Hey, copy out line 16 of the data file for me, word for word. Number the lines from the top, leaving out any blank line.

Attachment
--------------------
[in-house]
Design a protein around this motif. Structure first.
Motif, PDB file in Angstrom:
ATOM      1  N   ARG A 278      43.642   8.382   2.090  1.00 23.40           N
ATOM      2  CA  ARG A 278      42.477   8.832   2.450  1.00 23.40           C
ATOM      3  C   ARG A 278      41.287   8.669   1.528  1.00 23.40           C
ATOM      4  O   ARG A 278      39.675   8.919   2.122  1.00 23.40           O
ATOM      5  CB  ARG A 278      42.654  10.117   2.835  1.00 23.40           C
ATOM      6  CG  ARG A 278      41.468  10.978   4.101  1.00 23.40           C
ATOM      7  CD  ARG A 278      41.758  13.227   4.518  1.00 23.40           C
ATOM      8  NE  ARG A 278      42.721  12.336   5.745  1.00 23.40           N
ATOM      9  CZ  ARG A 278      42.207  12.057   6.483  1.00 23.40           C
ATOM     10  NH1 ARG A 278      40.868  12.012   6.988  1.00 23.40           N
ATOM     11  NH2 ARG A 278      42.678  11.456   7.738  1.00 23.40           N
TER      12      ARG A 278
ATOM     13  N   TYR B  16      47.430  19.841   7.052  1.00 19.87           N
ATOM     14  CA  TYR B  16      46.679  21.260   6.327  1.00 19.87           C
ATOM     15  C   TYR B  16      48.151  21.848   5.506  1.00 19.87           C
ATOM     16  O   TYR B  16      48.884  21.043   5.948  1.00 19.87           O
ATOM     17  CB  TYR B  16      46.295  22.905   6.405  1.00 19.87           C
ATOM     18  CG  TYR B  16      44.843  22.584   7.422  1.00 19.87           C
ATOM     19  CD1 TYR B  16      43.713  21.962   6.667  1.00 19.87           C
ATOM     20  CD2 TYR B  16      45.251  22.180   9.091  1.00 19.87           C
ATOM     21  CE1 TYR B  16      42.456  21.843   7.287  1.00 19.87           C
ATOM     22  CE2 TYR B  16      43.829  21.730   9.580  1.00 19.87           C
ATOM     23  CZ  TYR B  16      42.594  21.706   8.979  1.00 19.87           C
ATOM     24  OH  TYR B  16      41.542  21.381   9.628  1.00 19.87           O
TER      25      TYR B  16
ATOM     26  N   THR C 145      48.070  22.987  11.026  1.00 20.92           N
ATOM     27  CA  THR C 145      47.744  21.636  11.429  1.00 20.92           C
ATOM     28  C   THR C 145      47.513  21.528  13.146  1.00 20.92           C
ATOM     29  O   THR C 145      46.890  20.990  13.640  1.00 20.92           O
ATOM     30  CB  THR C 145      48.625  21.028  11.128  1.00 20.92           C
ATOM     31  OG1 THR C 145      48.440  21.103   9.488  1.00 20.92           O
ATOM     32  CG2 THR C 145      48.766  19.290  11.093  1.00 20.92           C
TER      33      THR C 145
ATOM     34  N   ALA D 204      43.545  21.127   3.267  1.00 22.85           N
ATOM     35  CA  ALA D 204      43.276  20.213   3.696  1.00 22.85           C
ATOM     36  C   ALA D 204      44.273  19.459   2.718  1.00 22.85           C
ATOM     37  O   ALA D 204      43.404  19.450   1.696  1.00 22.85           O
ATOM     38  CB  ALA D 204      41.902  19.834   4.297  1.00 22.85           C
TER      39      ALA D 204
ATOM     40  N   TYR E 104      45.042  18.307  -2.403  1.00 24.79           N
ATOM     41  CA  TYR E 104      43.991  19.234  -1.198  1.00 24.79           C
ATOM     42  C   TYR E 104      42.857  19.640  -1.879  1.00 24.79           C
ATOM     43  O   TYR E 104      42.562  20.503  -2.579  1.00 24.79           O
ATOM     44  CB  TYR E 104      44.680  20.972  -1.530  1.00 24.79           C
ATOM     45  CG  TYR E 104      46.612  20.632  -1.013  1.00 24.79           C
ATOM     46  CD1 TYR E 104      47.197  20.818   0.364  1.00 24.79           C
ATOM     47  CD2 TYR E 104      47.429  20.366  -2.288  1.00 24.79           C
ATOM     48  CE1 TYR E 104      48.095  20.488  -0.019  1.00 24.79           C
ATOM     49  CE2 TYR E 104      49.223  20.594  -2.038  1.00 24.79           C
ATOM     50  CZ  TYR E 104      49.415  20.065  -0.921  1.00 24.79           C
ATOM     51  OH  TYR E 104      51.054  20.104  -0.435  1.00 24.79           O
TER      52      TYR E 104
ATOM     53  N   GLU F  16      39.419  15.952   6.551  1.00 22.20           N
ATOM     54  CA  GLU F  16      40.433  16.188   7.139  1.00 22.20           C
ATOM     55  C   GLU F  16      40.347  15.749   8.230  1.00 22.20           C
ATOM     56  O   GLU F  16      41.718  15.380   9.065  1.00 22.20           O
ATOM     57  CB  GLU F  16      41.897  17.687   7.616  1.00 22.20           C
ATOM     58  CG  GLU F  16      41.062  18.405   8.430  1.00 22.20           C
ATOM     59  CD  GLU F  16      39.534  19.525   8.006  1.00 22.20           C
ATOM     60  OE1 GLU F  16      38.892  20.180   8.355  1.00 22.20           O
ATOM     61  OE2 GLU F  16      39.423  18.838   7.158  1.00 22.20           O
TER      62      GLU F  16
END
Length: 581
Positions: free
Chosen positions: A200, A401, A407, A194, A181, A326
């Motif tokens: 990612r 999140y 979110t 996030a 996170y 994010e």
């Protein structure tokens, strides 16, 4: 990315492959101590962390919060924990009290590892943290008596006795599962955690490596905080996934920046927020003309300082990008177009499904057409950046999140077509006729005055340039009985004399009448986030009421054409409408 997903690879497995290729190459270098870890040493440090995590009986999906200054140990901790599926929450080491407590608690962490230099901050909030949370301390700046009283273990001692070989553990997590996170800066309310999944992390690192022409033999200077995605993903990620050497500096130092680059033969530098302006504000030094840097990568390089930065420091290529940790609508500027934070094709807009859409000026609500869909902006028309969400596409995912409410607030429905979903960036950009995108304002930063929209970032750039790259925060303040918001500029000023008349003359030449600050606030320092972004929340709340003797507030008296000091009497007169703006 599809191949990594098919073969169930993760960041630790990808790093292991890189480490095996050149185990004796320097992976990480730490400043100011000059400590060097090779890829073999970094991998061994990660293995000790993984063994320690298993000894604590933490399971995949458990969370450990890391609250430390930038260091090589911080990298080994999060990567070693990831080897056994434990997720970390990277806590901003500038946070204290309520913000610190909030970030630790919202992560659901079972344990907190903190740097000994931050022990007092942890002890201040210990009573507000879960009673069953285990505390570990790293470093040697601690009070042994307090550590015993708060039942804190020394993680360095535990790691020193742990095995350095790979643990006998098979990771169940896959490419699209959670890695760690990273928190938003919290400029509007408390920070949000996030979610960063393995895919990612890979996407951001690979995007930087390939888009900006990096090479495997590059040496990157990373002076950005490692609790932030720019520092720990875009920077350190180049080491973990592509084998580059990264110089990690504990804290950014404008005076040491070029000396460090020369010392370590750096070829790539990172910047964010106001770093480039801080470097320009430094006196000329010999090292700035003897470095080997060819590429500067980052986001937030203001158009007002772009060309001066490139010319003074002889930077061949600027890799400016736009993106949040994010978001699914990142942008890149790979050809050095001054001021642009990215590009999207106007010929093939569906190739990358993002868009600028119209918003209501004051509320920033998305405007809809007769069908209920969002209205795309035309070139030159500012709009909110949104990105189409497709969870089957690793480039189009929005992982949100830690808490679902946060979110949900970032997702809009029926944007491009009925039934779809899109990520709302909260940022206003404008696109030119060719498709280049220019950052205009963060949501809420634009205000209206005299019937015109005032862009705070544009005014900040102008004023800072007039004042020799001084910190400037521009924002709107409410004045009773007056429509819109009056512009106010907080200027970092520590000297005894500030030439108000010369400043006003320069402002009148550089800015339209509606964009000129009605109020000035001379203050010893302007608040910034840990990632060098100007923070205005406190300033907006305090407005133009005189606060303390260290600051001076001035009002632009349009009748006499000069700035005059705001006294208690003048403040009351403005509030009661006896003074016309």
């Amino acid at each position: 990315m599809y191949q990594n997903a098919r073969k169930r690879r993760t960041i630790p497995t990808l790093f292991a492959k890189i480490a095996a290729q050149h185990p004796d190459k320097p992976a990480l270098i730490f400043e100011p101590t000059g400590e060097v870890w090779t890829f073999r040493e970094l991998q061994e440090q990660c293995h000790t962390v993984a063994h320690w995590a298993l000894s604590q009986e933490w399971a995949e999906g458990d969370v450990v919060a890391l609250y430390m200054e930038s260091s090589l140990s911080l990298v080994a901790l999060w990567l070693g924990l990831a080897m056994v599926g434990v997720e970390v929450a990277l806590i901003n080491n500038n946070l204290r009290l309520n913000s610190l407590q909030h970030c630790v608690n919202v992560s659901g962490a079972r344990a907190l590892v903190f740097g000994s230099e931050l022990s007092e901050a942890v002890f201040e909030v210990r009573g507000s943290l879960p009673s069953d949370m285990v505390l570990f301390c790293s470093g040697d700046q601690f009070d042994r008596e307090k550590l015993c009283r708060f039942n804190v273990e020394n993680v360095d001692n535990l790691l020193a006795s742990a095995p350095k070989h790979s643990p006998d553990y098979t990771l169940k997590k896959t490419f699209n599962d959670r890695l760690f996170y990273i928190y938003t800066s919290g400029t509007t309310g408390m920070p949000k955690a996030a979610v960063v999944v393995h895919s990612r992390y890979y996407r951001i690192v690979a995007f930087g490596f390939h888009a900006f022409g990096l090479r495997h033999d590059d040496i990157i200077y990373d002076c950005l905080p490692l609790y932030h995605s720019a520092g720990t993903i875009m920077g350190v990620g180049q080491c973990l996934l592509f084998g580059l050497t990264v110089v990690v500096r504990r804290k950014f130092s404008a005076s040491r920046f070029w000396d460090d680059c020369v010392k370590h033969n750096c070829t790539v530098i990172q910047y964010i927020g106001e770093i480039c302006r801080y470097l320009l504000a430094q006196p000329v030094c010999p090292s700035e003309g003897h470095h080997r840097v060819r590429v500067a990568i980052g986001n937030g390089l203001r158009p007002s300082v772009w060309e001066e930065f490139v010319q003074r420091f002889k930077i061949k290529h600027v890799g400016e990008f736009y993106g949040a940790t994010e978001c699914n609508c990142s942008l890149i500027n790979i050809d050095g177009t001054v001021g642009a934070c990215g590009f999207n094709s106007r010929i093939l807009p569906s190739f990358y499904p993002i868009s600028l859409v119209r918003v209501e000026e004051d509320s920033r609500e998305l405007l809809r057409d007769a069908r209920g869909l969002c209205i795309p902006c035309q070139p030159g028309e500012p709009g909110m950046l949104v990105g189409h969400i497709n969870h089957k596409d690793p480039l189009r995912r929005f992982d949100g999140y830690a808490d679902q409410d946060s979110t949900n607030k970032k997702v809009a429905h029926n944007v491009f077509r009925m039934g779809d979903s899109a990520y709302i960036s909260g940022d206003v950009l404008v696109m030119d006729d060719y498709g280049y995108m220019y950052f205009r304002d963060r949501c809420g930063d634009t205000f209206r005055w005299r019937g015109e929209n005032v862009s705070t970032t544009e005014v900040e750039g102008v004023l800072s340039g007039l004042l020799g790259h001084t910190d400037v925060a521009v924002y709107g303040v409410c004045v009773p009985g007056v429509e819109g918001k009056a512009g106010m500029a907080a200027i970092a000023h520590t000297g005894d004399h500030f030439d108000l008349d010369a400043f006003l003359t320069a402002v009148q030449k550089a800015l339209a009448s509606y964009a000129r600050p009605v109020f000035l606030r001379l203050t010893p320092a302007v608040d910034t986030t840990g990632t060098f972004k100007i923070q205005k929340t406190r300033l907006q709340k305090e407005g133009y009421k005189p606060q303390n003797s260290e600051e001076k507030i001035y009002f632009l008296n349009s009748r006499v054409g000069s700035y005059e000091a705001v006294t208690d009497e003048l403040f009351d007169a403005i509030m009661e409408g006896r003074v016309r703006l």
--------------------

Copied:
ATOM     13  N   TYR B  16      47.430  19.841   7.052  1.00 19.87           N